Welcome To Vineland Research and Innovation Centre

Root Management Research

Root management in nursery production is of growing interest to tree producers and tree purchasers alike. The reason for this is that the development of a tree’s root system is a critical factor in the ability of a tree to become established in the landscape. The roots secure the tree and stabilize it against wind and other elements. The tree develops strong coarse roots that form the framework for the fine roots, which access water and nutrients, and form relationships with microorganisms. It all starts with soil and roots! Greater understanding about how roots develop, grow and interact with their environment allows for improvements in nursery production practices and tree planting in the landscape.


We have been studying the importance of the structure of roots on woody plants for over five years. Our team found that proper root development begins as soon as the roots start to grow on a newly germinated seed or a cutting stuck in the nursery. Tree roots in natural settings don’t face the obstacles we have created in our nursery production systems, like container walls. When roots hit the smooth impermeable wall of a plastic container, they are deflected and do not extend outward like they would in nature. These misdirected roots should be corrected before the tree is moved to the next container size or planted out in the landscape. If left untreated, the root deflections will persist and can negatively influence tree growth. Based on our extensive research on tree propagation we have developed a propagation tray called RootSmart™ with A.M.A Horticulture, which is now available to growers. For more information on RootSmart™ visit www.rootsmart.com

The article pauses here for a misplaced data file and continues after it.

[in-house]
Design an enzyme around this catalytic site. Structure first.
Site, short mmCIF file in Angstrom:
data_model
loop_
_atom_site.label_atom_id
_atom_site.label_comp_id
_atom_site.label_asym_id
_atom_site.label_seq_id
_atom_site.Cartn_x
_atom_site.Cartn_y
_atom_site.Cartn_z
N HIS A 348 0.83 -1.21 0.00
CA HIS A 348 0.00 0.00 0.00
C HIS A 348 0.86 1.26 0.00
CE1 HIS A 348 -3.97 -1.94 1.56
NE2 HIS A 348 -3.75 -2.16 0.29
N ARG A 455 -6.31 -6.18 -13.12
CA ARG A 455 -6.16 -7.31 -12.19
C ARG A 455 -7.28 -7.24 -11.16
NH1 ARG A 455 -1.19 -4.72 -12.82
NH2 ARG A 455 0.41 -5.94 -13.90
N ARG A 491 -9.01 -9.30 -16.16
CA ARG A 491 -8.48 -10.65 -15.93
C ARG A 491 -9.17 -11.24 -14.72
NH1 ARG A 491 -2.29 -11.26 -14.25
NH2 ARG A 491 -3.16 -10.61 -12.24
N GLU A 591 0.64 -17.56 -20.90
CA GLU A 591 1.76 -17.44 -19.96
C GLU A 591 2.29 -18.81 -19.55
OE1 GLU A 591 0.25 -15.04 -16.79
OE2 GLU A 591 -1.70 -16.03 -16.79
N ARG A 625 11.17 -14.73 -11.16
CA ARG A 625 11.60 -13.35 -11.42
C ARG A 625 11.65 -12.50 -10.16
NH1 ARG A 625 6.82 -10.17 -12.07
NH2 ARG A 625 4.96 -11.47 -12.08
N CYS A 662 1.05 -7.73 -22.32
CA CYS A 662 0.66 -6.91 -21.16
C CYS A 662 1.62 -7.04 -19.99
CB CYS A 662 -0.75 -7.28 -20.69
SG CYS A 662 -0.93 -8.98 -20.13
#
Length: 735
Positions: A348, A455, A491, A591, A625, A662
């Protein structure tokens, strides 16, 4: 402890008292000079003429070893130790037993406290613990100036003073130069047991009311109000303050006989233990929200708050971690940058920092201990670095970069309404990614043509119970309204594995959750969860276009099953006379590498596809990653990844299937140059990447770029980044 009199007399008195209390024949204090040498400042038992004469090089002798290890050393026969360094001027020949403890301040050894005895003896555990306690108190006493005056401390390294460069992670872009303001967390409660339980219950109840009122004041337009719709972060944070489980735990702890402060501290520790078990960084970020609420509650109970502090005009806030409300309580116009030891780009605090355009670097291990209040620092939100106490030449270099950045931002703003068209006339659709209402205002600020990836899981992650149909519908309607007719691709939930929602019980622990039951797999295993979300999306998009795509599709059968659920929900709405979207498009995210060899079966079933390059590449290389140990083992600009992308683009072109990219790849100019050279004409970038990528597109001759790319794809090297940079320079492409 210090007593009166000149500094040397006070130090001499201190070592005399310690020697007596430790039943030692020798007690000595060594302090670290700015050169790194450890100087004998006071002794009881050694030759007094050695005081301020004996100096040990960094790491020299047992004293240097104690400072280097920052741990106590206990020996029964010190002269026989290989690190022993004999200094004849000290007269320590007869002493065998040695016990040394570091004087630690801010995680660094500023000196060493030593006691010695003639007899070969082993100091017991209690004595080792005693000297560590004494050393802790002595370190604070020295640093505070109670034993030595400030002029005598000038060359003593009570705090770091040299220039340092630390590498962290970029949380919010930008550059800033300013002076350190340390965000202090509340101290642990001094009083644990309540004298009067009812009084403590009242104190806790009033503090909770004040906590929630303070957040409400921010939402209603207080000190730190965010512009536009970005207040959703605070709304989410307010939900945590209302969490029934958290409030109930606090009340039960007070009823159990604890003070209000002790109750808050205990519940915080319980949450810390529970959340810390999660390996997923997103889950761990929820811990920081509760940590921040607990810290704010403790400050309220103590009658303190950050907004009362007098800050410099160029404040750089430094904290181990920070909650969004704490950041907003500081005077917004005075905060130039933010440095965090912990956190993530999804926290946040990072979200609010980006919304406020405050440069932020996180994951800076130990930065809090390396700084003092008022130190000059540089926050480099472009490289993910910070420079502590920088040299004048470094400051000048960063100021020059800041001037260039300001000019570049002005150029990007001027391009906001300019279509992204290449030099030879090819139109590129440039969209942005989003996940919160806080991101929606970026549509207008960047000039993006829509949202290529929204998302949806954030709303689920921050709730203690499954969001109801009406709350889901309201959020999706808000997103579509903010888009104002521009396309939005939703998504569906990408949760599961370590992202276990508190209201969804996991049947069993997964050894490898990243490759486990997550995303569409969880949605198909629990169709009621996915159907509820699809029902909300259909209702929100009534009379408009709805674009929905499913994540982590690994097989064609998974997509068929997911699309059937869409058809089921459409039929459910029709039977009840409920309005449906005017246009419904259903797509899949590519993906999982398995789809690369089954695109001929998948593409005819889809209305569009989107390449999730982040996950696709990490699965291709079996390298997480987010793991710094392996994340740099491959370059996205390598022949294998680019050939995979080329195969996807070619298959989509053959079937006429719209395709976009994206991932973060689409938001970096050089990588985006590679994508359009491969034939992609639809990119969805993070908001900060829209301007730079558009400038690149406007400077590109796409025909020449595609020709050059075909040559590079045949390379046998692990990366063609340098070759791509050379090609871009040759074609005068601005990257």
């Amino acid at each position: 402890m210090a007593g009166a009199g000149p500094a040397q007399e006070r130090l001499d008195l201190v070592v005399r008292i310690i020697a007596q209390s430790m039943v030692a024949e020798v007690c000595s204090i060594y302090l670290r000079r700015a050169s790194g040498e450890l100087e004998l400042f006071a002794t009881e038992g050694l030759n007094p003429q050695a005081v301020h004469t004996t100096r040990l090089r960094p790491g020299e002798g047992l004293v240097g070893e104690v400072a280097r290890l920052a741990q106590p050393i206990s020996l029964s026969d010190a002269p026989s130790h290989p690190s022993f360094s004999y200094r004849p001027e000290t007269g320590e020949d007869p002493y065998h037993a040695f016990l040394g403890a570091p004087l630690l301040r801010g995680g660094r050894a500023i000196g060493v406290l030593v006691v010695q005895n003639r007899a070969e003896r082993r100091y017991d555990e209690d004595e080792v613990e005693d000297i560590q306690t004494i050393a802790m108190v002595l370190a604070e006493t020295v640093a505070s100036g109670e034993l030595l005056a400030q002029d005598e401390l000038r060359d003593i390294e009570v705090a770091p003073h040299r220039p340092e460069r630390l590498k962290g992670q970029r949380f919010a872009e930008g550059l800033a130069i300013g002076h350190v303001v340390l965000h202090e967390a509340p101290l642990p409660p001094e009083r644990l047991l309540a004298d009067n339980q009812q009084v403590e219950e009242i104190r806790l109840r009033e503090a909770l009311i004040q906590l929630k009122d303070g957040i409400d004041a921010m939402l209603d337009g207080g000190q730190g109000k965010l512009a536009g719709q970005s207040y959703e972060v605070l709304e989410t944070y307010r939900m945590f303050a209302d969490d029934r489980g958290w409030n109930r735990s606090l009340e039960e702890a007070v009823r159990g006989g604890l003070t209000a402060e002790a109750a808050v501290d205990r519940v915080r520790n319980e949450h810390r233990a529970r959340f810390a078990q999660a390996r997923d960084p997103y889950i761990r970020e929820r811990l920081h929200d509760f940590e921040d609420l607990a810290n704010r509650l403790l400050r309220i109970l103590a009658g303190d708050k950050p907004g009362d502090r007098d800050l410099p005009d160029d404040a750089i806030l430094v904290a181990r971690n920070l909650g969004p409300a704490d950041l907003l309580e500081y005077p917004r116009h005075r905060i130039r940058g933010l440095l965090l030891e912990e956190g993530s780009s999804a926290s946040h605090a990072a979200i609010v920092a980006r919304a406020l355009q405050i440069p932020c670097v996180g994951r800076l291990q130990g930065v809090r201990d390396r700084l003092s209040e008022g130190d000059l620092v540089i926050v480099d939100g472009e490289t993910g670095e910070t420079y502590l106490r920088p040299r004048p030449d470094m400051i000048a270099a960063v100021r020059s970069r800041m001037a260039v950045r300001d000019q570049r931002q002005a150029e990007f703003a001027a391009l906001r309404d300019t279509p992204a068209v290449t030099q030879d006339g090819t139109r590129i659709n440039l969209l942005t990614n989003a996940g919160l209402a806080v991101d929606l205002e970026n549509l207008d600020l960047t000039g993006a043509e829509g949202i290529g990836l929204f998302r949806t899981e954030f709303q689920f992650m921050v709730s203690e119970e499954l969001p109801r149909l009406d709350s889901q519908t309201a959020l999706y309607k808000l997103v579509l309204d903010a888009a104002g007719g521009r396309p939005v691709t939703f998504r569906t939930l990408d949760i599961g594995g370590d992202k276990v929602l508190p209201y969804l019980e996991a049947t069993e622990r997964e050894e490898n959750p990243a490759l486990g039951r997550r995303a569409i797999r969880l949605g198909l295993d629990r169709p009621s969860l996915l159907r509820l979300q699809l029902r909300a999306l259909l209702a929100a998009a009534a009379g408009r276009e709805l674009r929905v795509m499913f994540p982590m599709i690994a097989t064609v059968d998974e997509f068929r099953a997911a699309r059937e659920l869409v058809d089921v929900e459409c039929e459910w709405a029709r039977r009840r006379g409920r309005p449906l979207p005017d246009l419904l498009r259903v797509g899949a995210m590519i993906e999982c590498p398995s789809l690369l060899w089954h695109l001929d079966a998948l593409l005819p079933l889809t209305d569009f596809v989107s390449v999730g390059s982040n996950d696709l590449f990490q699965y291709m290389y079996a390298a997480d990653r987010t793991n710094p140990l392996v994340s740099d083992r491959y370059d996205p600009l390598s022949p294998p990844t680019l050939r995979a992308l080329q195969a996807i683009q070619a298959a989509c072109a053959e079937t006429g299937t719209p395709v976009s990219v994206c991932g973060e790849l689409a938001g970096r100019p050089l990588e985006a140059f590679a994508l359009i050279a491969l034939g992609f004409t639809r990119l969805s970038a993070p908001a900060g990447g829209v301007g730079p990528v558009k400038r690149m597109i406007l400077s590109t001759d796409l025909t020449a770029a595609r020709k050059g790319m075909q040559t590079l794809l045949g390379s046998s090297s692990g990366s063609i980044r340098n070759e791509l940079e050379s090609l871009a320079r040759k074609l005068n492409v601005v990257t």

What's New

A transplanting trial is underway and Vineland is evaluating the effects of different propagation trays, including RootSmart™, on root development of trees and wine grape vines after transplanting from different containers. Comparing various propagation containers is important because of the formation of coarse structural roots of woody plants early on. Some preliminary results are available from this trial with more to come in 2020.